Tag:Jeff Borzello
Posted on: March 6, 2012 2:06 pm
Edited on: March 6, 2012 10:02 pm

Poppin' Bubbles: Do-or-die in league tourneys

Seton Hall kept its at-large hopes alive with a dominant win over Providence in the Big East first round. (US Presswire)

By Jeff Borzello

It truly is do-or-die time for bubble teams. With a loss, they will be left to sit on the sidelines until Selection Sunday, anxiously awaiting the committee to announce their fate. With a win, they get to keep boosting the profile and also stay squarely in the forefront of the committee’s collective mind. With the Big East and Atlantic 10 tournaments getting underway on Tuesday, several bubble teams have work to do.

Note: This page will be updated throughout the day, with bubble discussion and analysis.


Connecticut: The Huskies, with their quintet of top-50 wins and terrific strength of schedule, seem to still be in pretty good shape. What they couldn’t afford, however, would have been a loss in the first round to DePaul. Jim Calhoun’s troops obliged, cruising to an easy win over the Blue Demons. Connecticut improves to 6-8 away from home, which doesn’t look as bad anymore. The Huskies will play fellow bubble team West Virginia on Wednesday. The winner will be locked in, the loser will sweat until the selections. 

Seton Hall: The Pirates likely had to win two Big East tournament games to get into the NCAA tournament (or at least feel remotely comfortable about it), and they accomplished the first step of that task on Tuesday. Seton Hall overcame a slow start to throttle Providence over the last 20 minutes. Next up for the Pirates is a battle with Rick Pitino and Louisville. Can Seton Hall survive a loss there? Depending on what else happens around the country, they might not be able to. A win would certainly help.

The Flyers still have a extremely strange profile, but they also have at-large hopes after taking care of business against George Washington in the first round of the Atlantic 10 tournament. In the quarterfinals, Dayton will get Xavier for the third time this season. It's a huge bubble game, as both teams need a win and neither team might be able to overcome a defeat. The Flyers have three very good wins over Temple, Saint Louis and Alabama, but four sub-100 losses makes things difficult.

Saint Joseph's:
The Hawks have a lot of work to do in order to get an at-large bid, but they are still alive after holding off Charlotte in the second half. Next up is a rematch with St. Bonaventure, which beat Saint Joseph's last week and really hurt the Hawks' at-large hopes. If SJU wants to hear its name called on Selection Sunday, it needs to beat the Bonnies and then probably also beat Temple in the semifinals. 
The Crimson will not have to sweat it out on Selection Sunday, and they certainly won't have to sweat a one-game playoff on Saturday. Princeton beat Penn in the regular-season finale, meaning Harvard clinched the outright Ivy League championship for the first time since 1946. Harvard is going to the NCAA tournament.

Everyone else:
With Harvard getting the automatic bid, there is no chance the Ivy League gets two bids to the NCAA tournament. For yet another time this season, it seems power conference teams on the fence are continuing to luck out. The bubble hasn't shrunk yet. 


Proponents of mid-majors:
As I mentioned in the prior sentence, the bubble hasn't shrunk yet. What that means is that we haven't seen the mid-major conferences get any extra bids as a result of a surprising tournament champion. We almost saw it happen in the Missouri Valley, where Creighton had to hold off Illinois State, while Murray State barely escaped Tennessee State in the Ohio Valley. Moreoever, with Penn losing tonight, there's no chance that both Harvard and the Quakers get a bid. Throw in the fact that Oral Roberts, Iona, Middle Tennessee and Drexel all lost in their conference tournaments, and we're on the path to seeing a plethora of middling power-conference teams get a bid -- and very few potential upset picks in the first round. It could make the NCAA tournament slightly less exciting on the first two days.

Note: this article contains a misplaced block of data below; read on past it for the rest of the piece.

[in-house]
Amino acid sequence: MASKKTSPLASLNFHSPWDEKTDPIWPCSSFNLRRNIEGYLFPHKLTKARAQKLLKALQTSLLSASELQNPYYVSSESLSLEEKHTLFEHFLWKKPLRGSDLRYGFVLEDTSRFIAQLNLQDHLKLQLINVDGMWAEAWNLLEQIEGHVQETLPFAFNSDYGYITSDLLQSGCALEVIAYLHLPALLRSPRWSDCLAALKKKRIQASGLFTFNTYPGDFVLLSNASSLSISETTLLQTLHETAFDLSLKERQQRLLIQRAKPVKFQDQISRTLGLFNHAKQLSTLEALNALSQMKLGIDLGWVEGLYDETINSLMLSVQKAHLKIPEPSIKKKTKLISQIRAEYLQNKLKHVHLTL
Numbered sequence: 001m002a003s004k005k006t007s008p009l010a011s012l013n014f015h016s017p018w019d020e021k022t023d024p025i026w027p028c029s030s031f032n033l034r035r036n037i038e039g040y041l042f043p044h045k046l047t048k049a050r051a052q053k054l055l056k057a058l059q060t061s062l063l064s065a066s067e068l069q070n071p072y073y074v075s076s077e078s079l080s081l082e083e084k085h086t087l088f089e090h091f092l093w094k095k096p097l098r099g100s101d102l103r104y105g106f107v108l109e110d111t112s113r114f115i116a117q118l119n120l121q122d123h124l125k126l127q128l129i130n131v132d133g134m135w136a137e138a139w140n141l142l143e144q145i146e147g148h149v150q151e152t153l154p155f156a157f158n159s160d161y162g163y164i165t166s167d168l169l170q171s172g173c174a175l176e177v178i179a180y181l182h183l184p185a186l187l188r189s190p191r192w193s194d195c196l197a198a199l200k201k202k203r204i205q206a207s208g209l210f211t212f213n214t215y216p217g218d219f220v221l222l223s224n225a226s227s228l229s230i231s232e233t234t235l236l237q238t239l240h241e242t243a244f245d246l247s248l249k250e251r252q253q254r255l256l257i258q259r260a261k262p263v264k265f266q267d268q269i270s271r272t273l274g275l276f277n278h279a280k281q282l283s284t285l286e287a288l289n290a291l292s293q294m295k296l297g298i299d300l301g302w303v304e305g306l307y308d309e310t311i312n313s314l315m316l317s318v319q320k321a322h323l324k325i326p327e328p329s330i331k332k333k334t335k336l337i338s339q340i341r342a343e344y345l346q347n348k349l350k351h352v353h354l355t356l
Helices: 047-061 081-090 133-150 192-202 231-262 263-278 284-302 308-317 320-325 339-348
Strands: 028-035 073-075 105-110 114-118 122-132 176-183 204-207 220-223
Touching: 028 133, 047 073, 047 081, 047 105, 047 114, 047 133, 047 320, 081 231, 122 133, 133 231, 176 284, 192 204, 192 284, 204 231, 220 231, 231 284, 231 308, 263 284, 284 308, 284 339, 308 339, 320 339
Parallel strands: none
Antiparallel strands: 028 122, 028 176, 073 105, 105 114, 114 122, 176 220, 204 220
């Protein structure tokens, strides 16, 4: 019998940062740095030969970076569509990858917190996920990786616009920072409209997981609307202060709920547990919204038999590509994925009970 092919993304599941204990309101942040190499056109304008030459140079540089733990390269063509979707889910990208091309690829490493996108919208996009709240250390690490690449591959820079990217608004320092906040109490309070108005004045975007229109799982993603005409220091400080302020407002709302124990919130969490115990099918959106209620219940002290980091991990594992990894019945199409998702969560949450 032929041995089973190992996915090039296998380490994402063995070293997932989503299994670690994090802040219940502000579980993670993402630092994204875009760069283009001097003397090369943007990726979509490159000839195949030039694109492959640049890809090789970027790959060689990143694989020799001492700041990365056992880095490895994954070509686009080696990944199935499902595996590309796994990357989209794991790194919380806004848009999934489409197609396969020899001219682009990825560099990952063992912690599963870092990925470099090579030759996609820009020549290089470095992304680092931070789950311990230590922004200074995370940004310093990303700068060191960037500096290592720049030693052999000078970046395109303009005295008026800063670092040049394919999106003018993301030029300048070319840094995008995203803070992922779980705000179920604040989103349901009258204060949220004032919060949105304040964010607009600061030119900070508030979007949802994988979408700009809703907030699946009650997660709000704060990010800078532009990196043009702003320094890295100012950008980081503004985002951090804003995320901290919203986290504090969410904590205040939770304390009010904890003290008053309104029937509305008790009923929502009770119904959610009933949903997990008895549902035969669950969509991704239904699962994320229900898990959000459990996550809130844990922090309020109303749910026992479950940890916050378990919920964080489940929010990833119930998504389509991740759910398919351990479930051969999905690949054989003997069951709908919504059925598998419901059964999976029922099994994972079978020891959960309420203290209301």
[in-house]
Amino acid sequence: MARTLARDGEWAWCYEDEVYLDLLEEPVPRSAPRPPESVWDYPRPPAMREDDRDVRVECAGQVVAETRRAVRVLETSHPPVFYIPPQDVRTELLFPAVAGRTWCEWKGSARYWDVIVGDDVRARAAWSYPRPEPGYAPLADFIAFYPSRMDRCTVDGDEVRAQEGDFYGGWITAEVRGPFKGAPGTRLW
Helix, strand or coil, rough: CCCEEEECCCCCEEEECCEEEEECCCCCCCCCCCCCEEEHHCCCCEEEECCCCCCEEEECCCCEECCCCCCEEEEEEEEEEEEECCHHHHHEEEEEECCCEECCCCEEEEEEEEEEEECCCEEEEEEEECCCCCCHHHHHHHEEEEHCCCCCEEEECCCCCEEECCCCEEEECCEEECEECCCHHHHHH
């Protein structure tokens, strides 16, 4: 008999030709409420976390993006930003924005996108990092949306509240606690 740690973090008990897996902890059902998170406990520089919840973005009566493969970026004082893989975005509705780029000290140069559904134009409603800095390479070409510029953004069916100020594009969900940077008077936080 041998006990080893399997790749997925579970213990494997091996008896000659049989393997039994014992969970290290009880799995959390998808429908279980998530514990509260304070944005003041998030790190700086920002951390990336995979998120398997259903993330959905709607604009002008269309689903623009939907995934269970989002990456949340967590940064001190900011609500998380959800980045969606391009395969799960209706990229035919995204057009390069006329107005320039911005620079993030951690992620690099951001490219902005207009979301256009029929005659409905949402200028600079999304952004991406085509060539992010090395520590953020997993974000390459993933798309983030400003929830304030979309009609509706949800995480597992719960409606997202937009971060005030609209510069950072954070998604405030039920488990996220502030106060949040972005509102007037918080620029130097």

More College Basketball coverage
Posted on: March 6, 2012 10:55 am
Edited on: March 6, 2012 11:56 am

Adidas unveils new uniforms for postseason

By Jeff Borzello

Apparently Adidas isn’t superstitious when it comes to not changing things heading into the postseason.

On Tuesday morning, the company revealed new uniforms for Baylor, Louisville and Cincinnati for the upcoming tournaments.

At first glance, the Cincinnati and Louisville ones are pretty solid. Louisville has the metallic gray that everyone seems to be wearing these days, although the stripes on the shorts don’t really fit what “Cardinals” do. Cincinnati’s stripes on the shorts make sense, since they’re the “Bearcats” and all, and the black-on-black jersey and shorts look is nice.

And then we have Baylor. I would say it's a disaster, but some people like the really, really bright colors. So I'll say it's tough to look at for a long time. I personally prefer a hint of neon when it comes to uniforms. Either sneakers or socks -- but not the entire thing in a monochromatic neon. 

First of all, they look like they glow in the dark. I’m not sure if it’s a neon green, highlighter yellow, or something else. The Bears also have the stripes on the shorts, which in this case probably helps onlookers not gouge their eyes out. The best part? The neon socks and shoelaces. That really ties it all together.

Which new uniform do you think is the best?

Update: Apparently Baylor also had a black uniform released today (per a comment below). And it's awesome. Seriously. Check out the alternate here

Posted on: March 6, 2012 12:54 am
Edited on: March 6, 2012 3:57 pm

Championship game preview: Sun Belt

The first conference tournament to get turned upside-down this year was the Sun Belt, which saw three of the top four seeds – including the top two seeds – lose in the quarterfinals. The fun didn’t stop on Monday, as the remaining favorite, No. 3 seed Denver, was toppled by No. 7 Western Kentucky. On the other side of the bracket, No. 5 seed North Texas will head to the title game for the third straight season after beating No. 9 Arkansas State.

North Texas won the first meeting between the two teams, in mid-January. In that game, the Mean Green shot better than 56 percent from the field and 50 percent from 3-point range en route to a 17-point win.